Notes on the description of POW in 1994 by JVDZ and RW.

In 1991 JVDZ recived a preserved specimen from C.B. Powell at the University of Port Harcourt, of an Aplocheilid with only black pigment and no red pigment.

The genus could not at first be identified in the sense of Parenti - it had diagnostic characters of both.

Per Parenti 1981 because it had tubular preopercular neuromast system it belongs in either Aphyosemion or Fundulopanchax.

Parenti gave two characters for differentiating Aphyosemion from Fundulopanchax: a) swim bladder ends at the first hemal spine and b)Elongated dorsal with 14 or more rays. POW had the first character but not the second.

Thus a osteological/osteolith study of 20 species of Aphyosemion and 15 species of Fundulopanchax and - as outliers - 7 species of Nothobranchius was undertaken.

Based on this the species was placed in Fundulopanchax and a new diagnostic to differentiate the two genera was given. In addition other work on annualism also showed that Fundulopanchax eggs are different from Aphyosemion eggs as the former have a derived chorion (outer shell of the egg) pattern absent in the latter.

Parneti's 1981 differentiation of these two genera was based on too small of a sample set.

This study showed the fin skeleton of the anal fin is the most useful characteristic in differentiating the two.

Work by Koken in 1884, Schmidt in 1969 and Gaemers in 1976 and 1984 showed paleontologists use otoliths to differentiate species but no otolith data exists for the genera here.

This paper shows otoliths can be used to distinguish one genus from another in the case of Aphyosemion and Fundulopanchax Parenti: Myers (1958) stated that the genus Aplocheilus represents the most basic characteristics of cyprinodontiform fishes which have either been lost or become more derived in other genera. These characters include the arm of the premaxilla being free rather than embedded in the skin on the side of the head, and the swimbladder extending through several hemal arches rather than ending at the first hemal arch.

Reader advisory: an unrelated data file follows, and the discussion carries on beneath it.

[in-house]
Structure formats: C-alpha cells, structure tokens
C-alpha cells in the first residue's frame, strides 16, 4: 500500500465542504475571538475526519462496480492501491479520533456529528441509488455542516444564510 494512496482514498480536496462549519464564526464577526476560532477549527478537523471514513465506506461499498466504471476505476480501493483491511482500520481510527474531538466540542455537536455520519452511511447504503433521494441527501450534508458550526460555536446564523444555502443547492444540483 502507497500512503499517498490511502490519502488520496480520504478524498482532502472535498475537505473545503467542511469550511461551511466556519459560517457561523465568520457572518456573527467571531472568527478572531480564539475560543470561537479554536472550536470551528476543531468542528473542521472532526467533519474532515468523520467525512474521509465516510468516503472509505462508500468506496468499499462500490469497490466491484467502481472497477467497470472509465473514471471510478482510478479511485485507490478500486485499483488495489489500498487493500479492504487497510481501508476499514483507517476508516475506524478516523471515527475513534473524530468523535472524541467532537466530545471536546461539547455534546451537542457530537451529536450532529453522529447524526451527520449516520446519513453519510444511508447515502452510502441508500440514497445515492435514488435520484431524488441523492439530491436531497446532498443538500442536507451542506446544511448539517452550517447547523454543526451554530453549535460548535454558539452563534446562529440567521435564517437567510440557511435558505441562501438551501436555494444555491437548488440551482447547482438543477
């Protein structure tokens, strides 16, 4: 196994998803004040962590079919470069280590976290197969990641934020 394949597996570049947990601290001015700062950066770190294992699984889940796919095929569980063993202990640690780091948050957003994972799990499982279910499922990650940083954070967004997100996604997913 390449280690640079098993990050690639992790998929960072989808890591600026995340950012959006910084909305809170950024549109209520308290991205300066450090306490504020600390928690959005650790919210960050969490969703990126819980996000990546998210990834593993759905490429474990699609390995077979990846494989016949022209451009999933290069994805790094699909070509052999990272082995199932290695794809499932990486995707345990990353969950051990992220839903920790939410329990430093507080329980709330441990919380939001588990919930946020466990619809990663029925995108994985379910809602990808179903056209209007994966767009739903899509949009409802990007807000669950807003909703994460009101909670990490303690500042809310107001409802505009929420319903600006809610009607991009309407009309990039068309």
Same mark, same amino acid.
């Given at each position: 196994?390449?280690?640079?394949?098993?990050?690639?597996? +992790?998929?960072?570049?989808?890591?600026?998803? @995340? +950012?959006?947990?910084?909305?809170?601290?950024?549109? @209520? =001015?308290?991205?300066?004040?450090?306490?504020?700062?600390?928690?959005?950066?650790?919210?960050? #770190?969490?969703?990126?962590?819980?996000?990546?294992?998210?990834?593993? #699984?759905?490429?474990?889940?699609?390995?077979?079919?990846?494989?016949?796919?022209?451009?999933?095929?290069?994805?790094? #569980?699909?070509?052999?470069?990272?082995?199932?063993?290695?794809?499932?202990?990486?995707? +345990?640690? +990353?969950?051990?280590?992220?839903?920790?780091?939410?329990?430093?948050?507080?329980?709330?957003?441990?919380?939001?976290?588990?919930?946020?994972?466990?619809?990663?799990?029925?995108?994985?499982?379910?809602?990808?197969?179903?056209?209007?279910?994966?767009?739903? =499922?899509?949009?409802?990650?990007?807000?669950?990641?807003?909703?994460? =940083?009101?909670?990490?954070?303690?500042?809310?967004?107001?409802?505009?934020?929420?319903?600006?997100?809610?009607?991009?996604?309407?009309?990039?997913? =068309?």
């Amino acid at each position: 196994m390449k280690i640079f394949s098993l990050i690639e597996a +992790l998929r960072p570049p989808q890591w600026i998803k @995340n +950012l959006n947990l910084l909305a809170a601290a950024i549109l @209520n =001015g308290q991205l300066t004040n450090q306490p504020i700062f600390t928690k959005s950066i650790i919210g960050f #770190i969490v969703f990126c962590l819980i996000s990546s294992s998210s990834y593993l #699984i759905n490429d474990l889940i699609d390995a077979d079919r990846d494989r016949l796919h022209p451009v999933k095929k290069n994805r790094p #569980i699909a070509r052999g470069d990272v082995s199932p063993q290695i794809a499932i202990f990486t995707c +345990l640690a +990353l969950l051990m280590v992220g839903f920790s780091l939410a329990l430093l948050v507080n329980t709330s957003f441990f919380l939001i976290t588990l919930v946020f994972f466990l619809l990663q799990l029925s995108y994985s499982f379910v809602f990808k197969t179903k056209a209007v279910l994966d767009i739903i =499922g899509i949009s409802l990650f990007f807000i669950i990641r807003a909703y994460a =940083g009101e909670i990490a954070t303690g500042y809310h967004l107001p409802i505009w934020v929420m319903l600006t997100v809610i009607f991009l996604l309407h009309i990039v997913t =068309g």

The Old World aplocheiloids are distinguished from all other killifishes by the fusion of the posttemporal and supracleithrum (fig. 7C) to form one slender bone connecting the shoulder girdle to the skull. The fusion is complete, and no joint lines are visible. In the Neotropical aplocheiloids, the posttemporal and supracleithrum are similarly shaped, however, the two bones may always be separated easily.

Gill Arches: Two derived characters of the gill arches distinguish the Old World aplocheiloids. One is the reduction of the basihyal to a small triangular-shaped bone which is capped by a large cartilaginous wedge (fig. 11 A). As stated, in all aplocheiloids, the basihyal is very wide, and forms the basis of a wide "tongue" which is visible upon opening the mouth. In the Neotropical aplocheiloids, as well as in the cyprinodontoids and other atherinomorphs, the basihyal is ossified for more than half its length.

1. Supracleithrum fused to posttemporal.
2. Small, triangular basihyal capped by a wedge of cartilage.
3. Interarcual cartilage attached directly to lateral face of the second pharyngobranchial.
4. Premaxillary ascending processes tapered.

In a recent paper by Radda (1977), four new subgenera are named, each to encompass a group of species referable to Aphyosemion. Radda included a phylogenetic tree which purports to summarize the relationships of subgenera within the genus. The monophyly of Aphyosemion is doubtful, following Radda's diagram, for the subgenus Pronothobranchius and the genus Fundulosoma, considered here as close relatives, are included as more closely related to some subgenera of Aphyosemion than they are to each other. Furthermore, the genus Nothobranchius is not considered at all; therefore, it is unclear whether the implication is that Nothobranchius is in turn most closely related to Fundulosoma or Pronothobranchius, to some subgroup of Aphyosemion, or whether it need be considered at all in a revision of Aphyosemion. The genus Aphyosemion is large, currently comprising over 110 species; if some members are more closely related to Nothobranchius species then the two genera must be considered together in a phylogenetic analysis. If the two genera do not form a monophyletic group, then Nothobranchius need not be considered in a study of the interrelationships of Aphyosemion and its subgenera. The problem of defining monophyletic genera and subgenera extends to all members of the Old World aplocheiloids. Scheel (1972) has recommended that the genera Epiplatys and Aplocheilus be synonymized. Clausen (1967) has named a new subgenus of Epiplatys to included the species E. duboisi; a subgenus Aphyoplatys is named to indicate that this species is intermediate between Aphyosemion and Epiplatys. Wildekamp (1977) has recently named a new subgenus of Nothobranchius to include the species N. janpapi; it is named Aphyobranchius to reflect its intermediacy between Aphyosemion and Nothobranchius. It is of little use, however, to know that all the nominal genera of Old World aplocheiloids grade into one another from the Aplocheilus type to the Nothobranchius type. Logically, there is no reason not to classify all the species in one genus; however, that too would be avoiding the problem of the interrelationships of the included species as much as if each species were put into its own genus.

VRx Copyright 2017
VRx Network Services, Inc.